“I left to be an administrator, and tried 2 different positions before realizing I missed working with students. Having the ‘inside knowledge’ of being an admin is both a blessing and a curse. There are times when I can empathize and see the bigger picture regarding decisions, and there are times when I know things could have been handled better. Overall, I’m happy to be back with the students, as I think I have much more patience for high schoolers than I do for adults.” —Rachel W.
“I left teaching to work in administration. After 4 years, I left to go back to the classroom. I missed the real connection with students and seeing them have ‘a-ha’ moments! That just doesn’t happen as an assistant principal. I also missed the relationship with other teachers. I didn’t think that it would automatically change once I changed positions. I am starting my 4th year back in the classroom after my ‘admin’ break, and I haven’t regretted it for a minute!” —JoAnn H.
I needed some clarity.
“I taught for 9 years before I took a break due to tough pregnancies / health issues. I was DYING to go back. I actually lasted as a SAHM until my daughter was 8 months, but I was not happy. Been back 9 years and loving it! I will say that I did a much better job choosing my positions the second time around and I was able to find places and colleagues that I truly work well with!” —Janis M.
I miss teaching, but I can’t go back.
I would put myself in this category. These teachers can admit that two things can be true in their lives. They miss teaching immensely, but they can acknowledge there are too many variables that will keep them away for good. A lot of teachers mention interacting with students is the part they miss the most, and I wholeheartedly agree!
My anxiety level is so much better.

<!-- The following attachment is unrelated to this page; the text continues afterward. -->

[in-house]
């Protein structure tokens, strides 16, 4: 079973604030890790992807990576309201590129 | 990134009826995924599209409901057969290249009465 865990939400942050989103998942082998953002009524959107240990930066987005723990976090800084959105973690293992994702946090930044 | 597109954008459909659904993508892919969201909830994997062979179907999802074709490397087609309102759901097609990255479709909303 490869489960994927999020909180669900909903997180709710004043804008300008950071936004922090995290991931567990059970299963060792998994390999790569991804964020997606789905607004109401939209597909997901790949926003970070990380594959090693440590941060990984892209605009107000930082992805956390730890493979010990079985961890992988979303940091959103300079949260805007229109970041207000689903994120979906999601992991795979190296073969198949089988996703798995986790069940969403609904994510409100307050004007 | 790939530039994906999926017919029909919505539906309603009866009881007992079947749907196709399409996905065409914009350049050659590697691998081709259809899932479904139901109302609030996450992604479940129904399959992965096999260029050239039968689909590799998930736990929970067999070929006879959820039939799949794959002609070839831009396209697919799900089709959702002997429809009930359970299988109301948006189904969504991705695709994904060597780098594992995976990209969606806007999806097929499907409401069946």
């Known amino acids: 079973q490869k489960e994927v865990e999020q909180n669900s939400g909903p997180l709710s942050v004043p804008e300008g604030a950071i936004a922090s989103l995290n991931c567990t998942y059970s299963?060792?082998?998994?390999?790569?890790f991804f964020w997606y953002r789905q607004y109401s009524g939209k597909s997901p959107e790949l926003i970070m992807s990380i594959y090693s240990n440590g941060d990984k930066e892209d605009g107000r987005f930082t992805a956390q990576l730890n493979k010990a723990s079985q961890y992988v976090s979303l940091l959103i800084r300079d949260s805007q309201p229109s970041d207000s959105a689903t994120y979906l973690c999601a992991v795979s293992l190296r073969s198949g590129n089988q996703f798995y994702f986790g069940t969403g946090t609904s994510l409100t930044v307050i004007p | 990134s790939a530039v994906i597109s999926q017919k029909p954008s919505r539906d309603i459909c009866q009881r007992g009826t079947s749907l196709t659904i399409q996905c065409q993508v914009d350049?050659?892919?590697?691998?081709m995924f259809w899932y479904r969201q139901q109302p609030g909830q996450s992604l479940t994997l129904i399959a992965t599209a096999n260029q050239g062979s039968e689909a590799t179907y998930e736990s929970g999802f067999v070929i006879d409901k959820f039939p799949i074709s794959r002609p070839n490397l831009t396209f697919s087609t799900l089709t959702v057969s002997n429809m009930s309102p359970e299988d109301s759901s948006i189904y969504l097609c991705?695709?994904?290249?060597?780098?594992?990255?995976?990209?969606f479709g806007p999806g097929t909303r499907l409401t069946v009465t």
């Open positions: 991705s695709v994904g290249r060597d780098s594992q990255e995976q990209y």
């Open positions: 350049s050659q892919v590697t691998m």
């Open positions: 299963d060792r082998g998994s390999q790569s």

Maybe I romanticized teaching.
I need to move on from the heartbreak for the career I wanted.
I don’t miss being disrespected.
“I miss my coworkers, working with my students, and the creative elements of the job, but I do not miss the bureaucracy, being disrespected, and the stress.” —Rebecca R.
I’m better off emotionally without teaching.
“I left for a different career after five years. I do miss the kids but not the impossible aspects of the job. I know I am much better off mentally and emotionally being elsewhere.” —Katie S.
I would go back if the adults and politics were better.
“I left due to horrible administration at both schools I taught at, the stress of demands put on me, not being able to have a work-life balance during the school year, and the mental/emotional toll it took on me. I have been out a year so far, and I miss the kids so much. I miss teaching them new things and having fun with them both in and out of the classroom: doing science experiments, lessons that are creative and out of the box, and playing various sports at recess. I’m not sure if I could go back unless I know the adults (in and out of the building) and politics are better, but that’s not possible. We will see what my future holds.” —Lauren B.